What I’ve Learned This Summer: Subash Jayaraman
The 2011/2012 summer of cricket is quickly drawing to a close, and in years to come, we’ll look back with sepia-tinged goggles and reminisce fondly about Pup’s three-hundred, KP’s return to form, and Doug Bracewell’s spell at Hobart. At The Sledge, we get nostalgic about things very quickly; as such, we’ve asked some of the brightest cricket writers from around the world to put together pieces on What They’ve Learned This Summer.
For someone that had never seen a Test Match live, at the venue, I saw 5 test matches from July 2011 – January 2012, across three continents. From Lord’s to Wankhede to the G, still no hundredth hundred. Wait, that’s a ridiculous made up stat anyway. Why are we obsessing over it? Let’s move on already!
There ain’t no place like home.
England beat Sri Lanka and India, back to back, at home. Australia get bowled out for 47 in South Africa. India gets wiped out in England and Australia. England stumble against Pakistan. Somewhere in all this wreckage are New Zealand and the West Indies. Bangladesh and Zimbabwe… well, they are just there – Zimbabwe a little more creditably than Bangladesh.
Non-Asian batsmen can’t handle spin. Asian batsmen can’t handle seam and bounce. No one can play swing. This, ladies and gentlemen, is where Test Cricket is.
When India drops a donut, English fans rub it in. When England gets blanked in Asia, sub-continent fans are over the moon.
But there is no shame in being able to protect the home turf. The great teams of the past built their dominance and dynasty on a solid foundation of being unbeatable at home, and then, spread their wings away. In the past decade, after the dominant Aussies were disbanded due to retirements, South Africa, and to an extent, India, bucked the trend of teams being completely overwhelmed in conditions alien to them, but now it does look like we are back to the good old ways.
Now we have players in the midst of a torrid tour saying, “Come over to place, you bastards! We will show you.” Good times.
Fast Bowling Resources.
It wasn’t too long ago I remember reading articles on a big name cricket website, “Is fast bowling at its nadir?” and I laughed then, as I do now. It is convenient to throw up such topics when there are deadlines. It is as easy as a column asking the question: “Who is better, Tendulkar or Lara?”
The top of the test tree is going to be determined by the strength and the depth of fast bowling resources of teams that also have a very good spinner. Looking at the fast bowling roster of the various teams, England, South Africa and Australia jump out at you as the ones that will be contending for the top spot in tests in the next 3-5 years.
England usurped India from numero uno on the back of an able and disciplined bowling attack comprising of James Anderson, Stuart Broad, Tim Bresnan and Chris Tremlett, with Gareme Swann chipping in sufficiently from the spinner spot. Steve Finn looks like will become a permanent fixture as well, taking up Tremlett’s position.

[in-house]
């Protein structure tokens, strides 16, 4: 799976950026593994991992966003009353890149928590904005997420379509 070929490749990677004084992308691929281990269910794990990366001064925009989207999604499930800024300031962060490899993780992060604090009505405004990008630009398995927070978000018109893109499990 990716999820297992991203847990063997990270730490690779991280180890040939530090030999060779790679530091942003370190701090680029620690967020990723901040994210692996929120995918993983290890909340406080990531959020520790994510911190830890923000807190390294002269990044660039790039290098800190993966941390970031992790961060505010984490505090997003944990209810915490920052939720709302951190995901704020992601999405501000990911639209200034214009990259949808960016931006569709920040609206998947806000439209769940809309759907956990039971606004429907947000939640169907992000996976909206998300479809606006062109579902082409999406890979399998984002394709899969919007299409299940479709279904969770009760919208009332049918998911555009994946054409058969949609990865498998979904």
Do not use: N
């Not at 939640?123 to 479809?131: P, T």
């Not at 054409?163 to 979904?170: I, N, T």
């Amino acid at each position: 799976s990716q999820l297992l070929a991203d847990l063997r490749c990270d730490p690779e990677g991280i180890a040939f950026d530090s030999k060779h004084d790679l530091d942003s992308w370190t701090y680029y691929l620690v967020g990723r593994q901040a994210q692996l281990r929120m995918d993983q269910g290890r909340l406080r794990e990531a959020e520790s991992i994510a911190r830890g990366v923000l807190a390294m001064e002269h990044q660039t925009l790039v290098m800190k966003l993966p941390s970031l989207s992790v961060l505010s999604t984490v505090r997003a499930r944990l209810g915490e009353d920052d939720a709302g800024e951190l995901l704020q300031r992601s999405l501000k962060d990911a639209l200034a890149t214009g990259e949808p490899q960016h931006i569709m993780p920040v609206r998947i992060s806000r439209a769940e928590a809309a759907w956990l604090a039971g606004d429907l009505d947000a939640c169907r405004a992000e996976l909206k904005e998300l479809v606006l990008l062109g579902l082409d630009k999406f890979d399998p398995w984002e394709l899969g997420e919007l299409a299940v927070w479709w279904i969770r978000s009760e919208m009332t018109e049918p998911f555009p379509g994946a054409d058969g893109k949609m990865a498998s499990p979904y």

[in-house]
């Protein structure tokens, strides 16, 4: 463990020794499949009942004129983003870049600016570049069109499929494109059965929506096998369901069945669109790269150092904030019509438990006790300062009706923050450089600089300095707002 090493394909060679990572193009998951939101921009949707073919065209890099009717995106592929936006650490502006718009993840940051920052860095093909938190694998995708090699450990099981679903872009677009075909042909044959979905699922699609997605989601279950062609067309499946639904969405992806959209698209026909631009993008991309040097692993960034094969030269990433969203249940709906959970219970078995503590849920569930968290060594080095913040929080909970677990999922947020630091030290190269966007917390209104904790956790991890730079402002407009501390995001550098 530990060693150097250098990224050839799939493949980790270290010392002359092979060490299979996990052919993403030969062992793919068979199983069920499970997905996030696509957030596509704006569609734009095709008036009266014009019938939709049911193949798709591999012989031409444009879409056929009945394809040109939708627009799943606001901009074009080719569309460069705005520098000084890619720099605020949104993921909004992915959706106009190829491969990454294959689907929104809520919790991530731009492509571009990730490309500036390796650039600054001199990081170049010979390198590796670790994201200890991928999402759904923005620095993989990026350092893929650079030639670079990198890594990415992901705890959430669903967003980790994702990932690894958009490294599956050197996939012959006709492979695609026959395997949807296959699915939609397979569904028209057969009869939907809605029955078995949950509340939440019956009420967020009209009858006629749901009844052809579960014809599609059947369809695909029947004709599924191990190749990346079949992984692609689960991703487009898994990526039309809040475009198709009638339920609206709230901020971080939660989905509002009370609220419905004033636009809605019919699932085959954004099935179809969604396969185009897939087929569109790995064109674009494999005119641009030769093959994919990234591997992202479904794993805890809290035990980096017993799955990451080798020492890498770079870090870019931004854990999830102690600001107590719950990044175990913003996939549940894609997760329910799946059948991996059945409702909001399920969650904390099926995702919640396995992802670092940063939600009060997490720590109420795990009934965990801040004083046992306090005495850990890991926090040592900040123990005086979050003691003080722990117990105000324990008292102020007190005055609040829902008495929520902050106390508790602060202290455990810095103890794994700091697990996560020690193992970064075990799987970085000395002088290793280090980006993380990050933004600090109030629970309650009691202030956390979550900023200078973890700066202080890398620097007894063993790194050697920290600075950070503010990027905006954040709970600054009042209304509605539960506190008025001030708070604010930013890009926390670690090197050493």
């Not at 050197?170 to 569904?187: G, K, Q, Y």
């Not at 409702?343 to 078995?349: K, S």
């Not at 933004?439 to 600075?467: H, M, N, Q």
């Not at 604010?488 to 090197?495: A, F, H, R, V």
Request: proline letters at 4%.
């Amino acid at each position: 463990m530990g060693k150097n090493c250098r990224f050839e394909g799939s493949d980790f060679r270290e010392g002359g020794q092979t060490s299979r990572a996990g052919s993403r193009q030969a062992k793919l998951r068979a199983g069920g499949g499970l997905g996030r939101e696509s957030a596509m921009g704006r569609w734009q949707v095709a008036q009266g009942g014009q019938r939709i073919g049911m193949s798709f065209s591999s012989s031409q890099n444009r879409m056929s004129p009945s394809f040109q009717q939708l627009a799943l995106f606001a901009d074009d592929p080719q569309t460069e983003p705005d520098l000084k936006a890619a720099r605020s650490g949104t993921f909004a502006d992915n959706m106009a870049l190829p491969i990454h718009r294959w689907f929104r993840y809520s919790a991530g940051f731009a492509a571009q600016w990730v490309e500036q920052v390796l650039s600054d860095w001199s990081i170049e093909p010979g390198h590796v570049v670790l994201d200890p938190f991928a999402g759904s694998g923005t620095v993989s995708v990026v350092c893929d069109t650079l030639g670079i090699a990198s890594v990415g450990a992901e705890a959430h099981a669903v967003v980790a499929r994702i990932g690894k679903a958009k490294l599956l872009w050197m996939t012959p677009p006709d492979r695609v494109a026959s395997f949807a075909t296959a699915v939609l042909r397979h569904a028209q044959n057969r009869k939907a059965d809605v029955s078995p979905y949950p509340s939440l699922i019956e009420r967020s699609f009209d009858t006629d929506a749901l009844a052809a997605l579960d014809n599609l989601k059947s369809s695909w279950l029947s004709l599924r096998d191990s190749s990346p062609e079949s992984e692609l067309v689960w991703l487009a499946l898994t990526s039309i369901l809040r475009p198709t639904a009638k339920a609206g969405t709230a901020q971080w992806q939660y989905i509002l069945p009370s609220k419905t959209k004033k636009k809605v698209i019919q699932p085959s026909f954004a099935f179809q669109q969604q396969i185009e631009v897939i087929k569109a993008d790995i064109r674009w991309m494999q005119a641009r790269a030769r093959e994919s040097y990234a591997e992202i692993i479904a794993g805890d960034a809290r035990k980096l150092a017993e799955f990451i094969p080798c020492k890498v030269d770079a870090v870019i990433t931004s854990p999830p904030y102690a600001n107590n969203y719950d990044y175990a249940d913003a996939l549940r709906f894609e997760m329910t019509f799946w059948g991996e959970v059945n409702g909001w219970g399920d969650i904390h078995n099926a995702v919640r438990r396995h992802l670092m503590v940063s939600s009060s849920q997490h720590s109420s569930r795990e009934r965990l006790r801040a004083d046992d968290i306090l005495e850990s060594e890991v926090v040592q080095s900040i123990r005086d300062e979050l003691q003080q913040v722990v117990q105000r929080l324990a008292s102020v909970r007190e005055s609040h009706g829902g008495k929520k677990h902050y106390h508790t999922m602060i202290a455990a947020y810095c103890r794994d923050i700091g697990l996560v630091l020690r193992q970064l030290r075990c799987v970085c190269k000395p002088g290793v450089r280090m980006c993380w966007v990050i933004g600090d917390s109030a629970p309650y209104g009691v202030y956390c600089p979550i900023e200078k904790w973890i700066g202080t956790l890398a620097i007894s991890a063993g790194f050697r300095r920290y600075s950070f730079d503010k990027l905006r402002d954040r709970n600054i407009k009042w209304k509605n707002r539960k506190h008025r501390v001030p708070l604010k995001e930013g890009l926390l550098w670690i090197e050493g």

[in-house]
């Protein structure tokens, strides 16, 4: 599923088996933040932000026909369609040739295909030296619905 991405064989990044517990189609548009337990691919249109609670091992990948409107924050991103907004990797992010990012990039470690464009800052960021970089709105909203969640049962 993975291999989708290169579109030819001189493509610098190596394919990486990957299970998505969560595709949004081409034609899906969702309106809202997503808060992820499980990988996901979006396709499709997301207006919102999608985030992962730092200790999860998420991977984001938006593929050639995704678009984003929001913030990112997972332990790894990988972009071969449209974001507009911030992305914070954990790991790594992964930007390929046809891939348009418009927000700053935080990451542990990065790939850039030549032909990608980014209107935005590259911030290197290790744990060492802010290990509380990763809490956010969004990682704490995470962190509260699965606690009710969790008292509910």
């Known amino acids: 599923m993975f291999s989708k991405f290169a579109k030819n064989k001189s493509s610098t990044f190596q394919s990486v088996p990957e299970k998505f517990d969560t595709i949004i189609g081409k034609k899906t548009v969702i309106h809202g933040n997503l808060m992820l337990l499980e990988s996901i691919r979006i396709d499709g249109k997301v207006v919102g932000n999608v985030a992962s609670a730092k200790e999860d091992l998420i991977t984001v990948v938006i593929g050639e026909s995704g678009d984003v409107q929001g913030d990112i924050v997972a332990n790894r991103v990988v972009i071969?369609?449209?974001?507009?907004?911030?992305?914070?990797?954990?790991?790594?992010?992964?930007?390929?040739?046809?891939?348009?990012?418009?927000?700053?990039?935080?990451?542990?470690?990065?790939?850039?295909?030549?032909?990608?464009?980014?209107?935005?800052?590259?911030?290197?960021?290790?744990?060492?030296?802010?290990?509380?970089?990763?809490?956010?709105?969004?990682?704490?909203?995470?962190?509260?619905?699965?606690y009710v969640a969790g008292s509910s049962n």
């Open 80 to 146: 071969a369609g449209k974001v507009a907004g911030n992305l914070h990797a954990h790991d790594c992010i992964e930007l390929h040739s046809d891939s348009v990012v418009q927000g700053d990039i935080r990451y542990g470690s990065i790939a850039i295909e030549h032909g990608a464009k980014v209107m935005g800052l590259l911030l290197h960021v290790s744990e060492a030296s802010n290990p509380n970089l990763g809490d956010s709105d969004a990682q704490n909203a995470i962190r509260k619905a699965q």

South Africa have the superlative Steyn, backed by Vernon Philander, Morne Morkel, Lonwabo Tsotsobe and recently, the man mountain Marchant de Lange. It is yet to be seen how Imran Tahir will fair against sub-continental teams in Asia.
The arrival of Patrick Cummins and James Pattinson, and the rejuvenation of Ben Hilfenhaus and Peter Siddle, along with the fragile Ryan Harris and serviceable Nathan Lyon, Australian bowling attack looks quite competent.
The West Indies, when their players are both fit and in the mood, can list an attack that can rival any of the above with Jerome Taylor, Fidel Edwards, Ravi Rampaul, Kemar Roach and the young but wily Devendra Bishoo.
India, Pakistan and New Zealand have pretty decent pacers but not of the collective quality of the others. It is shocking to see Pakistan’s name in the “pretty decent pacers” group but with their losing two world class bowlers in Amir and Asif, their fast bowling stock is in the rebuilding mode while the attack is carried by Rehman and the effervescent Ajmal. Sri Lanka and Zimbabwe have a couple of young up and coming pacers as well.
All in all, it looks quite rosy, doesn’t it? I am waiting for articles on cricket sites to change tack and start churning out pieces that ask, “Is this the golden generation of fast bowlers?” any time now!
The ICC is as fucked up as ever.
When presented with an opportunity to hold a test championship, the member boards wiggled out of it, as they had to pony up money to the tune of $3 million and instead went the route of another meaningless Champions trophy. The DRS debate still rages on. There was a time when ball tracking, Hotspot and Snicko were part of the decision review process but ball tracking was made non-mandatory. Snicko has been replaced by stump audio feed. After three and half years of running riot, now (and only now) has the ball tracking technology been scheduled to undergo independent tests! The ICC made a statement explaining that they do not want national boards to be overtly influenced by the respective national governments but make exceptions, anyway! They call for an independent review of their own governance but make all the recommendations non-binding. Most of the cricket boards are insolvent due to incompetent administrators. ICC self-proclaim they want to promote test cricket and all that jazz only to turn around and do everything in their power to ruin it.
Yep. Everything is great at the ICC.
Nothing to see here.
Move along people.
For more “Things We’ve Learned This Summer”, click here.